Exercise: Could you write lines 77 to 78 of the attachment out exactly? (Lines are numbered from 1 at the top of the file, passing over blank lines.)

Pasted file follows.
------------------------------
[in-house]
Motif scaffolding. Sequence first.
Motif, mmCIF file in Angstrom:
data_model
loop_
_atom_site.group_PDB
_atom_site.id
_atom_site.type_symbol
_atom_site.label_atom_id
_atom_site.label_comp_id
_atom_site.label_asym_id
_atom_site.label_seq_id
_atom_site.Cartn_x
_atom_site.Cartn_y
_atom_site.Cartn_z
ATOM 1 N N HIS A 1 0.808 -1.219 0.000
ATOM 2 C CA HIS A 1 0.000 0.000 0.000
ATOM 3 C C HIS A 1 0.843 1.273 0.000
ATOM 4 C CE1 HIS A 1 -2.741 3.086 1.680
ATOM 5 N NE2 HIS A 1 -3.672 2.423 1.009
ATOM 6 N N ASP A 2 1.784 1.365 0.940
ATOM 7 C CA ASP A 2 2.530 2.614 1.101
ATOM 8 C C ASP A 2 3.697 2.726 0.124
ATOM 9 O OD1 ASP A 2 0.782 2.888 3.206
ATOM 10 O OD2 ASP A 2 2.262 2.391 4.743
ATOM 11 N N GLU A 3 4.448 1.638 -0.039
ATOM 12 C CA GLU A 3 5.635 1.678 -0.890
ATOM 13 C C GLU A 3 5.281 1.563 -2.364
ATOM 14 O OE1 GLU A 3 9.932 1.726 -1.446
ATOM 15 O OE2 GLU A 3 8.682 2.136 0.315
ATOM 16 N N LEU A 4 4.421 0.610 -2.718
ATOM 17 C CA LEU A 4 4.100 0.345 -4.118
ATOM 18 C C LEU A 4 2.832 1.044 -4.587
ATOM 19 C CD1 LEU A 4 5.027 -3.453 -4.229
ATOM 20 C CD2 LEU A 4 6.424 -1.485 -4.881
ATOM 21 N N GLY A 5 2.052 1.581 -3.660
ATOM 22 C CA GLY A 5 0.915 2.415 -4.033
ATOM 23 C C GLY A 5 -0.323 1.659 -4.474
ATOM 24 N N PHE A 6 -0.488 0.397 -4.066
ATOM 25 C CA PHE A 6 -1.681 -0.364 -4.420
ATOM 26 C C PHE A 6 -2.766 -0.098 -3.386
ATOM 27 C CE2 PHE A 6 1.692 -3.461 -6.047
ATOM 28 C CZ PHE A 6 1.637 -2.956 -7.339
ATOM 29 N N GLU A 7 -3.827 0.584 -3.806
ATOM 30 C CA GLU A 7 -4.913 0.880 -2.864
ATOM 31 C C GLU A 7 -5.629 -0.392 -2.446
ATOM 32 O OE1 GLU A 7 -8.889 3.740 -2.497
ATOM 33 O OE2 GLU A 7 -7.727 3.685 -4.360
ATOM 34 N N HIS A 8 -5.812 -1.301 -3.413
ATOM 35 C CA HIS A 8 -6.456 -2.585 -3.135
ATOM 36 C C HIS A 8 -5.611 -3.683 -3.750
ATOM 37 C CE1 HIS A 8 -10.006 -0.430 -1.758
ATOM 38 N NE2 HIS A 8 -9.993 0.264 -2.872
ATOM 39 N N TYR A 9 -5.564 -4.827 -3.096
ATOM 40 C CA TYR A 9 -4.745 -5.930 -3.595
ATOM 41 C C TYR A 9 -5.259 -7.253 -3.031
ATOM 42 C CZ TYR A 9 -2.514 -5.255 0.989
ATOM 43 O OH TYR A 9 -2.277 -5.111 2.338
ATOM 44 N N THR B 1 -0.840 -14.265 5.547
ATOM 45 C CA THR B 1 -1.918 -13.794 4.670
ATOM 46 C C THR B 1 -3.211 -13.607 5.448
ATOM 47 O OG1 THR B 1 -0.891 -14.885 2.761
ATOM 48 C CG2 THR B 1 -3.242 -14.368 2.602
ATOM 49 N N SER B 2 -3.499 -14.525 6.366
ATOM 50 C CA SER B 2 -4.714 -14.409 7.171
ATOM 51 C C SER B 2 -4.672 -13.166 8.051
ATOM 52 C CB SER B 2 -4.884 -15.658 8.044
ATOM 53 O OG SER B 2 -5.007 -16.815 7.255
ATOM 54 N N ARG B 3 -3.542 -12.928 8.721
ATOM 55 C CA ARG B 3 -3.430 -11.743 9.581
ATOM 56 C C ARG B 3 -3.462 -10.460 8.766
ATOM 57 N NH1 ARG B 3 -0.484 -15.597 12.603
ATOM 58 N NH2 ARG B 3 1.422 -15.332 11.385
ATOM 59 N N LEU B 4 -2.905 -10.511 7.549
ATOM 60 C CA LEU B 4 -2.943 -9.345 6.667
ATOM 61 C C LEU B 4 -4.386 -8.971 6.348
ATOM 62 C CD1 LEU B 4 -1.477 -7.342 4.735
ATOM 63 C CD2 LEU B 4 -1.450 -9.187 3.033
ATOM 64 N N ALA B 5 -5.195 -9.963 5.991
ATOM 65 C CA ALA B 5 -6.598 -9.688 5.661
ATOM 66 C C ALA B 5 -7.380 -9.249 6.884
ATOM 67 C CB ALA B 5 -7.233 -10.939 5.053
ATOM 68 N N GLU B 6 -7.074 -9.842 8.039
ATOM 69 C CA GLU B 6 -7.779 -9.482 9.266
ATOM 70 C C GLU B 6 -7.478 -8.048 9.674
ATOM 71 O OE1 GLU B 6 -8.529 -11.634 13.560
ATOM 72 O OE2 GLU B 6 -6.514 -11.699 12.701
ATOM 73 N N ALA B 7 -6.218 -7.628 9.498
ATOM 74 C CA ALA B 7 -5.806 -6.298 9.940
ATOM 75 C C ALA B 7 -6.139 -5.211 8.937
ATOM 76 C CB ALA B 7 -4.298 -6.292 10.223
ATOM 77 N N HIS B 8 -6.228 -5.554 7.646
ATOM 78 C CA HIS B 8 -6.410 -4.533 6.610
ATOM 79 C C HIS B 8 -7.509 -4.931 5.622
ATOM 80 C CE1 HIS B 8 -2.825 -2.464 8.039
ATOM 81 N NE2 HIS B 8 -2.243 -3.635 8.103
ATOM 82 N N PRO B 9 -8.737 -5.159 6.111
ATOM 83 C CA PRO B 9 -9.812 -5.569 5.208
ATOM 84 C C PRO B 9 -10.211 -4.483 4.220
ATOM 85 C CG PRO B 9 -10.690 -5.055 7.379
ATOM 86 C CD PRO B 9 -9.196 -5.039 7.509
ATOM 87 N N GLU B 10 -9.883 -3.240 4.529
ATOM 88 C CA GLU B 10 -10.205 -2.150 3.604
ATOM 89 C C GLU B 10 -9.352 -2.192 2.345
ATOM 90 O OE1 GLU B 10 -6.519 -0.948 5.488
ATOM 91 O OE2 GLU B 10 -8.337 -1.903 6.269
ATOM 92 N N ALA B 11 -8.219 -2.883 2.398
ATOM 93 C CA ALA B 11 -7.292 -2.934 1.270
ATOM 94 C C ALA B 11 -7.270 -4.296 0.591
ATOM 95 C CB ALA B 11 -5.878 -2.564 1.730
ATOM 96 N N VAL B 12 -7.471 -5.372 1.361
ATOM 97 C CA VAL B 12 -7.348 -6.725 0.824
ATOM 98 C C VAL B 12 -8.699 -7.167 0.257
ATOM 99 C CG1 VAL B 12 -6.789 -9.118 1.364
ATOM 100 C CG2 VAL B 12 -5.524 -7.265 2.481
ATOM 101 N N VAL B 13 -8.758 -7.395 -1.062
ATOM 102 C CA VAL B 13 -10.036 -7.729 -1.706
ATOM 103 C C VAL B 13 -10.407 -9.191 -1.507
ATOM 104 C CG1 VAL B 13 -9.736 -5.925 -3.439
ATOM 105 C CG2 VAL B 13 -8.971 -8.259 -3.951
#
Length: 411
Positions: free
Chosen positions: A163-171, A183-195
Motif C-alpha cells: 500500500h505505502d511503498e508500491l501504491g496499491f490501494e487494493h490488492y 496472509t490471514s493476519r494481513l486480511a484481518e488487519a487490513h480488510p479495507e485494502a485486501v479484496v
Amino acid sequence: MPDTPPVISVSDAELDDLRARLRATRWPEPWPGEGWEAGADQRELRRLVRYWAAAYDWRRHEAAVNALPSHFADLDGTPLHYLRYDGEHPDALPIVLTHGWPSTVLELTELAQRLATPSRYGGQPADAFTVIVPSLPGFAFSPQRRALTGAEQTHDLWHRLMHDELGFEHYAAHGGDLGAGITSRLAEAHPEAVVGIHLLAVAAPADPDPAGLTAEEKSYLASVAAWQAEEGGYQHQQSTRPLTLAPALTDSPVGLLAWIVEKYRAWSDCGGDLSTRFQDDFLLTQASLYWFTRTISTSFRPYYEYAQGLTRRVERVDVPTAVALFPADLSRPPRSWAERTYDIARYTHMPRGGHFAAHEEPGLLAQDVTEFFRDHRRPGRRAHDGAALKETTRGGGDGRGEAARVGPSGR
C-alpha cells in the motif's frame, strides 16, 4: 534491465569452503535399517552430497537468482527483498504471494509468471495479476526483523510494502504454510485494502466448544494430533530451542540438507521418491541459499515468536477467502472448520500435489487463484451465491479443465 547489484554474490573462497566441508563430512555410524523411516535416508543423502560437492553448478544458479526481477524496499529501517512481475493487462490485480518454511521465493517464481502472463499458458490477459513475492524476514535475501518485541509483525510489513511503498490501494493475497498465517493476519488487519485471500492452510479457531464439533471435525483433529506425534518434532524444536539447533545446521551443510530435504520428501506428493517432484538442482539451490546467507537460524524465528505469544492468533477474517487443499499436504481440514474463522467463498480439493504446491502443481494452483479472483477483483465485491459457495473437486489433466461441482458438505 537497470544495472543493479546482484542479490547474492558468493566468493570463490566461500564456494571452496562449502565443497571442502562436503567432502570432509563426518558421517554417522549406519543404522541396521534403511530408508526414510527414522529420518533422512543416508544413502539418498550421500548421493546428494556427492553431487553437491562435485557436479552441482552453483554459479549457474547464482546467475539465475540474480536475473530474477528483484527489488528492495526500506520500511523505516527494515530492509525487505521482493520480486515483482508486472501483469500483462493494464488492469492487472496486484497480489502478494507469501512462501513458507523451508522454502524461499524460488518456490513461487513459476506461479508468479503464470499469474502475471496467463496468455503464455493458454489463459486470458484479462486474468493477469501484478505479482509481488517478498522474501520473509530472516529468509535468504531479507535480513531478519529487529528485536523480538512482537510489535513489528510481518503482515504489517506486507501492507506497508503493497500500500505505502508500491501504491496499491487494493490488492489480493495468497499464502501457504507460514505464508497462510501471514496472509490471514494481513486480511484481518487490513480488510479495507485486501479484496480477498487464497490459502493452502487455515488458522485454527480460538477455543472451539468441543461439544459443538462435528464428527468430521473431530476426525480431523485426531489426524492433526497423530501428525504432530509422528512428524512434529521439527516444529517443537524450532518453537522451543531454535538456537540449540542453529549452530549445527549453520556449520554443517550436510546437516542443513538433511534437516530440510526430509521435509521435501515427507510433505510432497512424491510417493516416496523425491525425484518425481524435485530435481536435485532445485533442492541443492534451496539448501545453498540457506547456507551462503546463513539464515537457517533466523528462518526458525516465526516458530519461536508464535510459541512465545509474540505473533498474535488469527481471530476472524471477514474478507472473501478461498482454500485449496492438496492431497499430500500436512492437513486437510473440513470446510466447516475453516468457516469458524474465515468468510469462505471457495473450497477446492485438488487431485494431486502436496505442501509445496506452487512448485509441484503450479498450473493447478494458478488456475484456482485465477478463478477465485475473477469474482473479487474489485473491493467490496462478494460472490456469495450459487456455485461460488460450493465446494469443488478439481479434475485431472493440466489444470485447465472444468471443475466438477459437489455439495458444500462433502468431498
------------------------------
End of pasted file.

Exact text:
ATOM 62 C CD1 LEU B 4 -1.477 -7.342 4.735
ATOM 63 C CD2 LEU B 4 -1.450 -9.187 3.033